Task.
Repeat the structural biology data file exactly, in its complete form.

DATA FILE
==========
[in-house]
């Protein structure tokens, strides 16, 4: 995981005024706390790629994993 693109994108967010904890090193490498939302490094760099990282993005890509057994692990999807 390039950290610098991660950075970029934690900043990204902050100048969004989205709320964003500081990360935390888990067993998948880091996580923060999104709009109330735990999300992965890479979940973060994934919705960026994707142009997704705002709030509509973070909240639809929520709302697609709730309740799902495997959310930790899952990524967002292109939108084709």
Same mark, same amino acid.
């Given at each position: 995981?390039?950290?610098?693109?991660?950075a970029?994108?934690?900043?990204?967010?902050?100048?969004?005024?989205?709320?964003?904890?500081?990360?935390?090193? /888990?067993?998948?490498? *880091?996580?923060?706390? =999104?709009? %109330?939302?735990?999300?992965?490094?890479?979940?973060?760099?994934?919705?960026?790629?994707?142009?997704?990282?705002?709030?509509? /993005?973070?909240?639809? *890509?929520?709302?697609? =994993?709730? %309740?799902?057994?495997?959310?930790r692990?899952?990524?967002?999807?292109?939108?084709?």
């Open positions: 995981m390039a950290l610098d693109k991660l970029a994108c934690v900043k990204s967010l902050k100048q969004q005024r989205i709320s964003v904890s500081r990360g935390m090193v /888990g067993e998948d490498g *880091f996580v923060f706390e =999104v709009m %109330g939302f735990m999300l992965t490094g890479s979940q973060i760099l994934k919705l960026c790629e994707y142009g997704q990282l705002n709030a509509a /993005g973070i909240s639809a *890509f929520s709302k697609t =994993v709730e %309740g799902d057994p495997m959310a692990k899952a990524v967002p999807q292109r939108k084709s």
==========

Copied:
[in-house]
């Protein structure tokens, strides 16, 4: 995981005024706390790629994993 693109994108967010904890090193490498939302490094760099990282993005890509057994692990999807 390039950290610098991660950075970029934690900043990204902050100048969004989205709320964003500081990360935390888990067993998948880091996580923060999104709009109330735990999300992965890479979940973060994934919705960026994707142009997704705002709030509509973070909240639809929520709302697609709730309740799902495997959310930790899952990524967002292109939108084709």
Same mark, same amino acid.
């Given at each position: 995981?390039?950290?610098?693109?991660?950075a970029?994108?934690?900043?990204?967010?902050?100048?969004?005024?989205?709320?964003?904890?500081?990360?935390?090193? /888990?067993?998948?490498? *880091?996580?923060?706390? =999104?709009? %109330?939302?735990?999300?992965?490094?890479?979940?973060?760099?994934?919705?960026?790629?994707?142009?997704?990282?705002?709030?509509? /993005?973070?909240?639809? *890509?929520?709302?697609? =994993?709730? %309740?799902?057994?495997?959310?930790r692990?899952?990524?967002?999807?292109?939108?084709?």
């Open positions: 995981m390039a950290l610098d693109k991660l970029a994108c934690v900043k990204s967010l902050k100048q969004q005024r989205i709320s964003v904890s500081r990360g935390m090193v /888990g067993e998948d490498g *880091f996580v923060f706390e =999104v709009m %109330g939302f735990m999300l992965t490094g890479s979940q973060i760099l994934k919705l960026c790629e994707y142009g997704q990282l705002n709030a509509a /993005g973070i909240s639809a *890509f929520s709302k697609t =994993v709730e %309740g799902d057994p495997m959310a692990k899952a990524v967002p999807q292109r939108k084709s």